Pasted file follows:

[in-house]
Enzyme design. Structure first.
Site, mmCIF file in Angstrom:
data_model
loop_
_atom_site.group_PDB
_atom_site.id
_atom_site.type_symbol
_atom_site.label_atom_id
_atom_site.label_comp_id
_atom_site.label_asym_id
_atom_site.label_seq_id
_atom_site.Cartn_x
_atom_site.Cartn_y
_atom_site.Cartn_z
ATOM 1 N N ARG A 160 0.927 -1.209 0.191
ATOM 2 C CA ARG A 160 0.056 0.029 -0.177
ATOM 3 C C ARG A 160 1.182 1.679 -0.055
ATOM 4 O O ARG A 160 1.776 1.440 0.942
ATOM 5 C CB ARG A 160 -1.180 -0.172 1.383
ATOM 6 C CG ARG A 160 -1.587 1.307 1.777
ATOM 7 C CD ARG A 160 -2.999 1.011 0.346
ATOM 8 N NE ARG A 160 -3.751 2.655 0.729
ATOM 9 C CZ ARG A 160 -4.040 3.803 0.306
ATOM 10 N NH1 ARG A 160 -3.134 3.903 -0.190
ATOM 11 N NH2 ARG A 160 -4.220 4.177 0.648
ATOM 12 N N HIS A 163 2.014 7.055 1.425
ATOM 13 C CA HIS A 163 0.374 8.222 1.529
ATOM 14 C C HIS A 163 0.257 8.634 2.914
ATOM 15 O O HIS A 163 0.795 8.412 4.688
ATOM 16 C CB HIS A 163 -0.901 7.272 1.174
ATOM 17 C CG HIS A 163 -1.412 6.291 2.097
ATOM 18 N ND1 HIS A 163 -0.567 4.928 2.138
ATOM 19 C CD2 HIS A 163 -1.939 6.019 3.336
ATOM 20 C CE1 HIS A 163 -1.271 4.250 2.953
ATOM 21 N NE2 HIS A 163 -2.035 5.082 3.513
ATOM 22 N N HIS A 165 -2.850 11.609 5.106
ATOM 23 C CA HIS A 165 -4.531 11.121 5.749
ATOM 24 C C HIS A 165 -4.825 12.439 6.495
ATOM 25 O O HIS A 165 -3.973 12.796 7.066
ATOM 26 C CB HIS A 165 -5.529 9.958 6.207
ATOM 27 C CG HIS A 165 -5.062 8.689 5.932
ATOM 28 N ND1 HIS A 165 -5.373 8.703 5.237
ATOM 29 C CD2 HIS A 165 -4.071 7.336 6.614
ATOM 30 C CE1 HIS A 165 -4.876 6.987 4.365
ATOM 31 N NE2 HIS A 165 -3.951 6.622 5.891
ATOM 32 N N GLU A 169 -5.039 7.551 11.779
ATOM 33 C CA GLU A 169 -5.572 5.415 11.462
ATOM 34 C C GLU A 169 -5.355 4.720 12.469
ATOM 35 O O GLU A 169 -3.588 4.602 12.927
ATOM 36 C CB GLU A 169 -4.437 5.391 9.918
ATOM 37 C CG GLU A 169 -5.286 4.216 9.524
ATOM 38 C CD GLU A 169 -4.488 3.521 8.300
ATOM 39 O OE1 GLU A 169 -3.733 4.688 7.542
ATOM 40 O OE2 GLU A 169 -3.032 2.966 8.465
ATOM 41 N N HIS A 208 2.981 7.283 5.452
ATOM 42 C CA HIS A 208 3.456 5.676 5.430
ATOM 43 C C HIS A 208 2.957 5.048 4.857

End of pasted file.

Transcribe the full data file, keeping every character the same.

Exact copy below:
[in-house]
Enzyme design. Structure first.
Site, mmCIF file in Angstrom:
data_model
loop_
_atom_site.group_PDB
_atom_site.id
_atom_site.type_symbol
_atom_site.label_atom_id
_atom_site.label_comp_id
_atom_site.label_asym_id
_atom_site.label_seq_id
_atom_site.Cartn_x
_atom_site.Cartn_y
_atom_site.Cartn_z
ATOM 1 N N ARG A 160 0.927 -1.209 0.191
ATOM 2 C CA ARG A 160 0.056 0.029 -0.177
ATOM 3 C C ARG A 160 1.182 1.679 -0.055
ATOM 4 O O ARG A 160 1.776 1.440 0.942
ATOM 5 C CB ARG A 160 -1.180 -0.172 1.383
ATOM 6 C CG ARG A 160 -1.587 1.307 1.777
ATOM 7 C CD ARG A 160 -2.999 1.011 0.346
ATOM 8 N NE ARG A 160 -3.751 2.655 0.729
ATOM 9 C CZ ARG A 160 -4.040 3.803 0.306
ATOM 10 N NH1 ARG A 160 -3.134 3.903 -0.190
ATOM 11 N NH2 ARG A 160 -4.220 4.177 0.648
ATOM 12 N N HIS A 163 2.014 7.055 1.425
ATOM 13 C CA HIS A 163 0.374 8.222 1.529
ATOM 14 C C HIS A 163 0.257 8.634 2.914
ATOM 15 O O HIS A 163 0.795 8.412 4.688
ATOM 16 C CB HIS A 163 -0.901 7.272 1.174
ATOM 17 C CG HIS A 163 -1.412 6.291 2.097
ATOM 18 N ND1 HIS A 163 -0.567 4.928 2.138
ATOM 19 C CD2 HIS A 163 -1.939 6.019 3.336
ATOM 20 C CE1 HIS A 163 -1.271 4.250 2.953
ATOM 21 N NE2 HIS A 163 -2.035 5.082 3.513
ATOM 22 N N HIS A 165 -2.850 11.609 5.106
ATOM 23 C CA HIS A 165 -4.531 11.121 5.749
ATOM 24 C C HIS A 165 -4.825 12.439 6.495
ATOM 25 O O HIS A 165 -3.973 12.796 7.066
ATOM 26 C CB HIS A 165 -5.529 9.958 6.207
ATOM 27 C CG HIS A 165 -5.062 8.689 5.932
ATOM 28 N ND1 HIS A 165 -5.373 8.703 5.237
ATOM 29 C CD2 HIS A 165 -4.071 7.336 6.614
ATOM 30 C CE1 HIS A 165 -4.876 6.987 4.365
ATOM 31 N NE2 HIS A 165 -3.951 6.622 5.891
ATOM 32 N N GLU A 169 -5.039 7.551 11.779
ATOM 33 C CA GLU A 169 -5.572 5.415 11.462
ATOM 34 C C GLU A 169 -5.355 4.720 12.469
ATOM 35 O O GLU A 169 -3.588 4.602 12.927
ATOM 36 C CB GLU A 169 -4.437 5.391 9.918
ATOM 37 C CG GLU A 169 -5.286 4.216 9.524
ATOM 38 C CD GLU A 169 -4.488 3.521 8.300
ATOM 39 O OE1 GLU A 169 -3.733 4.688 7.542
ATOM 40 O OE2 GLU A 169 -3.032 2.966 8.465
ATOM 41 N N HIS A 208 2.981 7.283 5.452
ATOM 42 C CA HIS A 208 3.456 5.676 5.430
ATOM 43 C C HIS A 208 2.957 5.048 4.857